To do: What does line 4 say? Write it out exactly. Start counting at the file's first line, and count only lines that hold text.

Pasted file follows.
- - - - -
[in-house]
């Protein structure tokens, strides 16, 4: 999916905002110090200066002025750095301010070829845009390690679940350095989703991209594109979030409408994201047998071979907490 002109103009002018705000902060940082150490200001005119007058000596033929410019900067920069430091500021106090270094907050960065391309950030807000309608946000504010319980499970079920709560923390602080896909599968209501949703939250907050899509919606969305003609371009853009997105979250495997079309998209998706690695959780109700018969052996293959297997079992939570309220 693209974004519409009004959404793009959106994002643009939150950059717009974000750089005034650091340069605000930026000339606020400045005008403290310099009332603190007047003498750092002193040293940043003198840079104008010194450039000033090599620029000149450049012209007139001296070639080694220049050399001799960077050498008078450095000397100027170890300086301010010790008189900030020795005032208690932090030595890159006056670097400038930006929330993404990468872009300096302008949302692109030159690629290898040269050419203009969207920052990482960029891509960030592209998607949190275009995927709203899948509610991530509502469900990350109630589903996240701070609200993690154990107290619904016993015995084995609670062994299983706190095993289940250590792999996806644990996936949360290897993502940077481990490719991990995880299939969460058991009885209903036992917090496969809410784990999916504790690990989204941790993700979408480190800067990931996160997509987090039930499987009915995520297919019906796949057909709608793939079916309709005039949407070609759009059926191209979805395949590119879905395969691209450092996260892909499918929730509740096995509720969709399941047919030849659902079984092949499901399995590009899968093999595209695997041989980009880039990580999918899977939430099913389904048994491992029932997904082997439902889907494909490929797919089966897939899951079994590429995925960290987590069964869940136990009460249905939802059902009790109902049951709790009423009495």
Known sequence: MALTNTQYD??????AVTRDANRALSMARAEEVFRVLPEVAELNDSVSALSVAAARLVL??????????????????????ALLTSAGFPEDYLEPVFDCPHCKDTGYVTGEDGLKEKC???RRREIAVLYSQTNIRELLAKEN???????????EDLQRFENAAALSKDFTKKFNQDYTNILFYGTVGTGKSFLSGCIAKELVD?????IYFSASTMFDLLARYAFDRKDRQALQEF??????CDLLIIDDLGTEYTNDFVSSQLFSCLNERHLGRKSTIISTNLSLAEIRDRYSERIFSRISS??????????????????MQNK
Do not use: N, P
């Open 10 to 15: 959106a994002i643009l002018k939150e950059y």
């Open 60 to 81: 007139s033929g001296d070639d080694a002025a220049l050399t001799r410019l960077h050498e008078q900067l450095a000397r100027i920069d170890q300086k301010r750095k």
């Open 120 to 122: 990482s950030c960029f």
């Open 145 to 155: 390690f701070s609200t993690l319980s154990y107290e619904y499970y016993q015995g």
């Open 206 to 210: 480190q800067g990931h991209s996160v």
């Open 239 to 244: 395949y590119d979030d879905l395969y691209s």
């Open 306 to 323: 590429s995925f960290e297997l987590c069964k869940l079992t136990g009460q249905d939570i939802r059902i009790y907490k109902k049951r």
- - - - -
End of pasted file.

Do not use: N, P